For years I’ve been talking about California Capitalism, how the traditional model of venture capital doesn’t work outside of the Bay Area, New York City, and Boston, and rather than just rant I’ve been explaining and implementing alternative investment models including revenue-based finance and holding companies.
The latest issue of American Affairs magazine includes a deep analysis entitled: The Crisis of Venture Capital: Fixing America’s Broken Start-Up System.
There was a time when venture capital generated big returns for investors, employees, and customers alike, both because more start-ups were profitable at an earlier stage and because some start-ups achieved high market capitalization relatively quickly. Profits are an important indicator of economic and technological growth, because they signal that a company is providing more value to its customers than the costs it is incurring.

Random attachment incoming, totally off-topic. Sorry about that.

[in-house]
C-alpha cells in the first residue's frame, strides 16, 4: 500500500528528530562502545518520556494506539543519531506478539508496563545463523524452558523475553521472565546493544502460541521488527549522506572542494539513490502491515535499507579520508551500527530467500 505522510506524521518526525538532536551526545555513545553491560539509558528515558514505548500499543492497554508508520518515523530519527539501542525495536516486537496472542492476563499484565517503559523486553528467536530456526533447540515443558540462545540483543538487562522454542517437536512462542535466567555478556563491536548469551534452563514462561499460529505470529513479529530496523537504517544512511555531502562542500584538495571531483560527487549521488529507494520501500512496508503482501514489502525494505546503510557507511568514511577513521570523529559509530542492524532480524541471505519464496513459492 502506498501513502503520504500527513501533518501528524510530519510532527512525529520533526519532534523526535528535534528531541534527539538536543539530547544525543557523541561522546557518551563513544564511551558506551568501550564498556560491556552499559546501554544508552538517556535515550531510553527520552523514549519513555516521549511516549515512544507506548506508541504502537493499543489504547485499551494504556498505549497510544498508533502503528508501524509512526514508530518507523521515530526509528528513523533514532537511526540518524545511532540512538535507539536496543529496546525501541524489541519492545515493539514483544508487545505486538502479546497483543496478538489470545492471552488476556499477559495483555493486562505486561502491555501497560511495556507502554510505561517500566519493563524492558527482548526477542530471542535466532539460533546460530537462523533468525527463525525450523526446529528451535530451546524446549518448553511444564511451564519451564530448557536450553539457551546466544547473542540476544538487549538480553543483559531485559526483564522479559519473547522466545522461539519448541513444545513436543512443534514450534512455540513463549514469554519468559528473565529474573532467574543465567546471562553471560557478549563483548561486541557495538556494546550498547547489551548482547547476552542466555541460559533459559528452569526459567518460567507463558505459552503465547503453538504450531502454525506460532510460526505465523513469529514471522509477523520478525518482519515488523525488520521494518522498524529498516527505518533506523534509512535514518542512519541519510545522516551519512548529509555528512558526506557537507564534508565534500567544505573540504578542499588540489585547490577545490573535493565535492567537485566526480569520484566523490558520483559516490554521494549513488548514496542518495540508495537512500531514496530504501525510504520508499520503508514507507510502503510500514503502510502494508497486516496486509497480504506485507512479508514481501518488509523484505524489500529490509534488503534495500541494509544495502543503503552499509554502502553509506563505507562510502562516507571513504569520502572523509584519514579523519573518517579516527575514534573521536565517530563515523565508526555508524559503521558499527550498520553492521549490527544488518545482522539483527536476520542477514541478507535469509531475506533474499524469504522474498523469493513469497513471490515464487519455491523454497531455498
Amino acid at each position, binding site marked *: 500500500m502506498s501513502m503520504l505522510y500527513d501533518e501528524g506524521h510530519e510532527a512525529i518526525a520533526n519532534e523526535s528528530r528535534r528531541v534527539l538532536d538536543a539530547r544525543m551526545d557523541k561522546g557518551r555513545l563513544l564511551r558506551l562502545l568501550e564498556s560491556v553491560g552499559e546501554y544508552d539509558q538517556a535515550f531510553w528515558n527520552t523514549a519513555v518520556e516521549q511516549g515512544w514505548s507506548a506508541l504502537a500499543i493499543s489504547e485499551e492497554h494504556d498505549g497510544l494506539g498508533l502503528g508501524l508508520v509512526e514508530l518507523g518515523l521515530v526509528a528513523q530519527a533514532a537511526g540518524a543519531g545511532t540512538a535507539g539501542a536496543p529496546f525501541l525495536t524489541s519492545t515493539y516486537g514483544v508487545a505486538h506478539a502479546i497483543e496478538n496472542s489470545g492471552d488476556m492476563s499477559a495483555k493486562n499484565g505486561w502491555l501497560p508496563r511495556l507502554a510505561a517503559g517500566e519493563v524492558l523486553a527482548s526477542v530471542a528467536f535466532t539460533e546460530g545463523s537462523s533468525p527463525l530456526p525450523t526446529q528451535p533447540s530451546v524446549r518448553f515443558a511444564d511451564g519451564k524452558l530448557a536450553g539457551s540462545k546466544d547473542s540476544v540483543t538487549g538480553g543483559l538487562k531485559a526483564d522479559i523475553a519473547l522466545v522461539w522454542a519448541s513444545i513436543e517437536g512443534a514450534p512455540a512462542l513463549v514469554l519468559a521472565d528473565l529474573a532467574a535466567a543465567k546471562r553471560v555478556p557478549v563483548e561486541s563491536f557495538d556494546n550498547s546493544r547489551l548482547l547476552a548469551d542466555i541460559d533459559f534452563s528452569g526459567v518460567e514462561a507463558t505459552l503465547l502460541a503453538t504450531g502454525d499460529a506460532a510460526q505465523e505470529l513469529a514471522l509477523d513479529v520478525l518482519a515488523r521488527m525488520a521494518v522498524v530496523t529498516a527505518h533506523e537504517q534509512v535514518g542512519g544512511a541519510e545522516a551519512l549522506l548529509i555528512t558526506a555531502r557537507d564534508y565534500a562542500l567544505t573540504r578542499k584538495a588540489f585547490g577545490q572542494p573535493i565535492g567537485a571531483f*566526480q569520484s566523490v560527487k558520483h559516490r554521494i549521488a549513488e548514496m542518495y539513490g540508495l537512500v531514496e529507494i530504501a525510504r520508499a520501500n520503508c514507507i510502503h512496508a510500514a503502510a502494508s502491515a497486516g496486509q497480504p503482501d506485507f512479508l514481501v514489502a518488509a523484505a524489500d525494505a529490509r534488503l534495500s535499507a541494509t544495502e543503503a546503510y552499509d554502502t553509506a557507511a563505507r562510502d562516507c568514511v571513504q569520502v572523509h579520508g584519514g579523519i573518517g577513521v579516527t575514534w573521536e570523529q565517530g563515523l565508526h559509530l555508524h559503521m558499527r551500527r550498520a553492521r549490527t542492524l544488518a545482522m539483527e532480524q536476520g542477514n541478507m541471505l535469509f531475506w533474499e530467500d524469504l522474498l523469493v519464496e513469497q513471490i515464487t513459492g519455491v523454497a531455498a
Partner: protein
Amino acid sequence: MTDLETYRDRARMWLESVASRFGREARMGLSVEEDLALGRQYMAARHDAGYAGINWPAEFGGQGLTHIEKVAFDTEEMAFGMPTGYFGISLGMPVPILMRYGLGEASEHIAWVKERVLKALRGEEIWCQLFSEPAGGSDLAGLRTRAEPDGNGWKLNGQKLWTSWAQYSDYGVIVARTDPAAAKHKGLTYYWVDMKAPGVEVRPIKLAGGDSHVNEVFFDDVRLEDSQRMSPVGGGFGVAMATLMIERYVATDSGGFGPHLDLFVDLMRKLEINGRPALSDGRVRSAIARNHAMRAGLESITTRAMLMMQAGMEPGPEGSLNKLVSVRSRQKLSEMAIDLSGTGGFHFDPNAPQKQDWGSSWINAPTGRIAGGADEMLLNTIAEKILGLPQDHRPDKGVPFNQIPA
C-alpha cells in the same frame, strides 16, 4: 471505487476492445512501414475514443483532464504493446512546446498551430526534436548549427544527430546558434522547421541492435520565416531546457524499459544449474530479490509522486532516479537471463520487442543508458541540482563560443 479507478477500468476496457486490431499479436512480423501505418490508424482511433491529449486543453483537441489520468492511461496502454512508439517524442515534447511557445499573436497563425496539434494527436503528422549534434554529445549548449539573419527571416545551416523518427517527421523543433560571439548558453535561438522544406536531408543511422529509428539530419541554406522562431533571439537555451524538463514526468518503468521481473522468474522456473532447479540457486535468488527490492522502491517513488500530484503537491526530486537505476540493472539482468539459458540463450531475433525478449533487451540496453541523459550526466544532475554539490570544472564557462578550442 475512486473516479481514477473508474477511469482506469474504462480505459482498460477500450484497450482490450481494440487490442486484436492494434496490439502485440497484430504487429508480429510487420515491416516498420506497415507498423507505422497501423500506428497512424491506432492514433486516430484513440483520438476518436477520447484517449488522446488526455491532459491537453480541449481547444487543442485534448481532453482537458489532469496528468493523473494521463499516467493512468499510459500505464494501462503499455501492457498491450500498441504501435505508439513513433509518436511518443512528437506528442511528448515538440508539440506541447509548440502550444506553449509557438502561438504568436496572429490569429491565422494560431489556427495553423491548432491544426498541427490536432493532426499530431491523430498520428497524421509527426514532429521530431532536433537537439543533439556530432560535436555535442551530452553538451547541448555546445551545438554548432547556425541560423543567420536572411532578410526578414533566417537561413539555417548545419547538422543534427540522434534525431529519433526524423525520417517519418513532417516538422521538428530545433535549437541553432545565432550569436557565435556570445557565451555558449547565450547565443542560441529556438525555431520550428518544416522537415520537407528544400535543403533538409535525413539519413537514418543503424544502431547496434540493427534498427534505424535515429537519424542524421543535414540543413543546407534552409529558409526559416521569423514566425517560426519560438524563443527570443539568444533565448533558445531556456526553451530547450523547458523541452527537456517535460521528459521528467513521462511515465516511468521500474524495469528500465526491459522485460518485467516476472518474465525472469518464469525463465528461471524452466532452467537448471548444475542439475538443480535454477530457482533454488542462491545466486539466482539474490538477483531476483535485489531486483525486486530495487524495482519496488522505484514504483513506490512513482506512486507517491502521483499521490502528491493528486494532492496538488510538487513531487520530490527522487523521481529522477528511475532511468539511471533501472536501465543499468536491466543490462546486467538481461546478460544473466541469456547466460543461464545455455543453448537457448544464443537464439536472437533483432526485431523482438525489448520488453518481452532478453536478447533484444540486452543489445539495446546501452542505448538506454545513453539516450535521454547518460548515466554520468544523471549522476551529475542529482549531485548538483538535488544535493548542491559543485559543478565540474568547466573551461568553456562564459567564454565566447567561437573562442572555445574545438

A 2020 report by Morgan Stanley4 documents several key trends in venture capital, particularly the falling rate of returns over the last forty years (these findings are summarized in figure 1). Investments in VC funds by individuals and institutions have risen over the last twenty years, as have VC investments in start-ups, the latter reaching a record high in recent years. Yet returns on VC investment fell dramatically in the mid to late 1990s and have stayed low ever since, now barely higher than those of major stock market indices, an astonishing change when one considers the far higher risks associated with funding start-ups.
The whole detailed story at https://americanaffairsjournal.org/2021/02/the-crisis-of-venture-capital-fixing-americas-broken-start-up-system/